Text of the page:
Hornsby: Old things on the old sidePosted: July 9, 2012
Hornsby has two sides, the old and the new. The suburb is split in half by the train line, which divides both east from west and past from present. I had thought the old and new designations to be my family’s shorthand until I realised that they were commonly understood and used by all locals. The new side is mostly the shopping mall, a vast Westfield centred around the square and the water clock. The old side is the alternate version: a few streets of shops, the small Odeon cinema, a walk through milk bar.
I have always preferred the old side to the enclosed world of the mall on the new side, even when I was a child and the mall was two smaller, separate shopping centres. On the weekend my grandfather would drive my sister and I to the new side, to the KMart in the Northgate Mall, to buy a present with one of the small, shiny $2 coins that had just replaced the pale green paper notes. We would choose items of novelty stationery that were manufactured solely for this kind of situation.
Despite the potential of searching through the knicknacks in shops like K-Mart and the Granny Mays gift shop, the old side of Hornsby had something more, a dangerous allure. Before moving to live with our grandparents, we lived in Kenthurst in the north west, although we still went to school on the north shore. My father would drive my sister and I there through the Galston Gorge, a road notorious for its tight hairpin turns. The road ascends in zig zags before straightening out and joining the Pacific Highway, which runs through the old side of Hornsby. One morning, while the car was stopped at traffic lights beside Hornsby Park, my father told me that there were “maniacs” living in the bushland below it. I’m sure he meant it as a joke, but every day from then on I turned my head away from the park, too scared to look lest one of the bright eyed, long haired maniacs appear from the bushland below.
The maniacs terrified and thrilled me and the old side of Hornsby seemed more interesting for its proximity to danger. There was more potential for interesting things among the old, and as I grew up my main objective in life became seeking out interesting things. I could sense them hiding just under the surface of every day life, even if I didn’t exactly know what they were.
Coronation Street, which runs in between the Pacific Highway on the old side and the train line, was Hornsby’s main shopping area in the days before malls. Replacing the grocery, butchery and hardware stores of the early twentieth century has been a succession of other, less essential businesses. When I was a teenager there were two of importance, Coronation Asian Market and Discovery Records. The Asian Market sold the kind of hippy clothing that was my first step in rebellion, colourful floating skirts and silver jewellery that gave an imagined exoticism to my life in suburban Turramurra. But my real saviour and rebellion came through music. When Discovery Records moved from a shop above street level on the highway to a shop in Coronation Street I realised my assumptions that it was a Christian music shop (something to do with the logo of a musical note with angel wings) had been very wrong. It was a paradise of the kind of post punk and goth records I coveted, Fall albums, 4AD compilations, all sold cheaply as they were little in demand at the time.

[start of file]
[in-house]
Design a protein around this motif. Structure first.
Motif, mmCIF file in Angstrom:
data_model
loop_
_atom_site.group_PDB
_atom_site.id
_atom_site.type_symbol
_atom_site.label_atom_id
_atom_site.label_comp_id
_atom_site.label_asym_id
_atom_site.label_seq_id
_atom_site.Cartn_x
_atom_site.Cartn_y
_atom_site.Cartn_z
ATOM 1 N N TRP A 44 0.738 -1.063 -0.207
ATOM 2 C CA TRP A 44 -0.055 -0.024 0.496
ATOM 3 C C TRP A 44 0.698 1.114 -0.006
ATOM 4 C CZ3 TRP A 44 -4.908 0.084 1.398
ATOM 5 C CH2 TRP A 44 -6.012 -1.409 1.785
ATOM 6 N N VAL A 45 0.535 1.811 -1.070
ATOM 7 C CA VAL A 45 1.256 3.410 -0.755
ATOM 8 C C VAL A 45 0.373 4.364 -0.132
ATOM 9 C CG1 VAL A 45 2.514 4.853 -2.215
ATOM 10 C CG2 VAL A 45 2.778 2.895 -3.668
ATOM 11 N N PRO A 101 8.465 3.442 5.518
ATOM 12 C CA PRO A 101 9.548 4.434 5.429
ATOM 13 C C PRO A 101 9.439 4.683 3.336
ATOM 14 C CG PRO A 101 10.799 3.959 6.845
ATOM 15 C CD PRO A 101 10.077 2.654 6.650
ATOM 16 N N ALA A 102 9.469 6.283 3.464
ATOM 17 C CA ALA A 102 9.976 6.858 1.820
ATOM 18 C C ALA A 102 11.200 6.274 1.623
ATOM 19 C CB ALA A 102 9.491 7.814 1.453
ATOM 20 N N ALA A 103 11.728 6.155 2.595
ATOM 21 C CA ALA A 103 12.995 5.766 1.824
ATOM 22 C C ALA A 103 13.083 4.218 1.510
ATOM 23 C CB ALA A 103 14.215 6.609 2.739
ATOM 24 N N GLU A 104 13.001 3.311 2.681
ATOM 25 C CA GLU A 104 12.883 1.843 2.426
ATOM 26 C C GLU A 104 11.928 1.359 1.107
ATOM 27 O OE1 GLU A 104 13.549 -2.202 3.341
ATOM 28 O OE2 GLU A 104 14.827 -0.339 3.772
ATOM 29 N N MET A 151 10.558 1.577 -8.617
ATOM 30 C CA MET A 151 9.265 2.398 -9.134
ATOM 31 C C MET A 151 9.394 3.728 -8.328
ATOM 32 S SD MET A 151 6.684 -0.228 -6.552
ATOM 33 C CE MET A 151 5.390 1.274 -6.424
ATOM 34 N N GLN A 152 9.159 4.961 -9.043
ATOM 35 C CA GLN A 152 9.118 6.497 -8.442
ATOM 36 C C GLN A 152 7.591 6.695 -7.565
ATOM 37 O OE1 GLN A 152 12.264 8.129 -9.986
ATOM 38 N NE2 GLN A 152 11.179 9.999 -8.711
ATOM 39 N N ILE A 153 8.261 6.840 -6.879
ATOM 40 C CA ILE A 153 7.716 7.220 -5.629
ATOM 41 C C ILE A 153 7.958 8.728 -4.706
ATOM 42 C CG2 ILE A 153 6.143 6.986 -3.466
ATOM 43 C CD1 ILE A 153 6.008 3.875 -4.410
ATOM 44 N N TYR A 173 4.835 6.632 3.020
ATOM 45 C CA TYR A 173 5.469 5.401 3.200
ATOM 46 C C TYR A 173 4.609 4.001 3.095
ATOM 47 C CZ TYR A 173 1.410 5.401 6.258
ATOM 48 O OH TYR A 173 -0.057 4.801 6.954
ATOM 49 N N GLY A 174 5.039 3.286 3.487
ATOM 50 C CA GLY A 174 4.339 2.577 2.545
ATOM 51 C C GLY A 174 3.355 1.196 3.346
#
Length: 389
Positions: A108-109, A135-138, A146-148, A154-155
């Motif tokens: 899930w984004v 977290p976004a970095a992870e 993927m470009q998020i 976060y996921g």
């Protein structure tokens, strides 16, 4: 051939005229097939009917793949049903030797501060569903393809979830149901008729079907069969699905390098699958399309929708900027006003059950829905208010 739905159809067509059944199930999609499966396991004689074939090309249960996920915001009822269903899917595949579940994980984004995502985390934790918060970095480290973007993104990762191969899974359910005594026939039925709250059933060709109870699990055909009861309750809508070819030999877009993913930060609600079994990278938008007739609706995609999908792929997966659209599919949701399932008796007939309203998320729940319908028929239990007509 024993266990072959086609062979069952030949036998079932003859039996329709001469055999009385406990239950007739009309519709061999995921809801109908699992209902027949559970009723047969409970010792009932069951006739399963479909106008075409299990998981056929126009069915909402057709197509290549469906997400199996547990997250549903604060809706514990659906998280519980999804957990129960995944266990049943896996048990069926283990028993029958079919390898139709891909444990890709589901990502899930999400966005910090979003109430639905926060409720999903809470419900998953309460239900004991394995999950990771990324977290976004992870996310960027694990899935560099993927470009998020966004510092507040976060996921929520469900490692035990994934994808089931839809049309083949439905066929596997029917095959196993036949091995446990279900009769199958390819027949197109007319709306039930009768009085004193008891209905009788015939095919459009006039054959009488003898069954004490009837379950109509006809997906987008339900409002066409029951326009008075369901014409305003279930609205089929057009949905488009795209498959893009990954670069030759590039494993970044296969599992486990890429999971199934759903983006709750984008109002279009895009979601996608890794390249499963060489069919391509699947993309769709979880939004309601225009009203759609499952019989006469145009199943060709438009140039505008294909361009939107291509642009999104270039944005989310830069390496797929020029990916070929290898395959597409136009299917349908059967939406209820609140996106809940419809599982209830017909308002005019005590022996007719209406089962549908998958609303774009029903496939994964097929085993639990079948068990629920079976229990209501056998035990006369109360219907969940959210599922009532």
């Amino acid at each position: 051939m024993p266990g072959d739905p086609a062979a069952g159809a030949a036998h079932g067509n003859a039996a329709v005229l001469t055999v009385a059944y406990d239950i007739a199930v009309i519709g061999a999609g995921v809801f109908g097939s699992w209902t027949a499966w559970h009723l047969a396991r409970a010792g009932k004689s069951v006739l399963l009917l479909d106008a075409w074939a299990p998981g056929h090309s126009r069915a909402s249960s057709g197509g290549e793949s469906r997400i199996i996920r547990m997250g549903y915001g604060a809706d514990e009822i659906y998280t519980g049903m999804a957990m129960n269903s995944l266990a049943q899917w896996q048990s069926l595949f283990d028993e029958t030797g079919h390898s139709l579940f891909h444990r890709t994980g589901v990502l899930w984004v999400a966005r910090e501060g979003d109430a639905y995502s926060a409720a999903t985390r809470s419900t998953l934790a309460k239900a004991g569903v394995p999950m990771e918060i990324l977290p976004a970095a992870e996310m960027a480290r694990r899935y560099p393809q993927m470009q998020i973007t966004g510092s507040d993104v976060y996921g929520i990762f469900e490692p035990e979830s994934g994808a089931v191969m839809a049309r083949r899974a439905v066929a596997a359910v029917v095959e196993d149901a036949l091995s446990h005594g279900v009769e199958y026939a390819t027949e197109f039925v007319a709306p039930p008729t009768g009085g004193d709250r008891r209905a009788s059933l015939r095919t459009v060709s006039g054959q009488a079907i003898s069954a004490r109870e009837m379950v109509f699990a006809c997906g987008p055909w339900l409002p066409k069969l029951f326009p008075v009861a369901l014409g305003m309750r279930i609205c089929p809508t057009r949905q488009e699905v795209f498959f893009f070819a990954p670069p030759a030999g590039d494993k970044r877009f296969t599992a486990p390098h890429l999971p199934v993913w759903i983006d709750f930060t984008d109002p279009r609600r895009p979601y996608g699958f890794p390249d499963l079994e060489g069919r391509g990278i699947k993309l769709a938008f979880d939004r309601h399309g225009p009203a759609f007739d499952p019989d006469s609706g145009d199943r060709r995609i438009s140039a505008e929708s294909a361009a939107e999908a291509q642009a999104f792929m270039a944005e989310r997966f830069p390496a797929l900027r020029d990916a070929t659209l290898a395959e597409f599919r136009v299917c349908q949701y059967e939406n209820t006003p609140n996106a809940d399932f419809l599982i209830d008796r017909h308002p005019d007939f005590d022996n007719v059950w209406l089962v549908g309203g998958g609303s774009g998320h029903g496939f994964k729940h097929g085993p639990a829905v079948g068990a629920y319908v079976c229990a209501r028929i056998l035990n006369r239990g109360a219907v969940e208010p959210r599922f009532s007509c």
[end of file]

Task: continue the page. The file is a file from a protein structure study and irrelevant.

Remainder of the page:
Coronation Street still has a record store, although Discovery has long since gone, packing up to follow the north shore teenagers who used to shop there into the inner west, to Erskineville where it is now known as Revolve Records.
Coronation Street’s one remaining record store is Mix Up Music, a music/junk shop with an ambience of mustiness. On the morning I approached it the store was blaring a Katy Perry song into the rainy street, the song’s glossy production and motivational postcard lyrics – baby you’re a firework – clashing with the shop’s cluttered interior. This was mall music in a place that contained the mall’s long-ago discards: high heels, a Feng Shui pack with CDs and booklet enclosed, a home laminator, a set of chunky glass wine goblets, ex-rental VHS, all on the one shelf.
There was no one behind the counter and I thought the shop empty until I noticed a woman at the back of the store, sitting at a computer scrolling through photos on Facebook. She stared at the screen, unaware or uncaring of my presence. I looked through the racks of CDs, dustying my fingers on their cases. The collection was a graveyard of 90s albums, back when CDs were desirable objects. Behind the counter was a sign I remembered from the days when thieves would break into houses to steal CDs: When dealing in secondhand goods, any official information you provide will be reported to the police.
Every available surface was covered in notices and faded posters of pop stars, an 80s-era Bowie, the cryptic sign:
as the saying goes
everything has its price
anything in this shop
could be yours
if the price is right
sticky taped to the end of a shelf containing plastic picnicware and outdated computer games.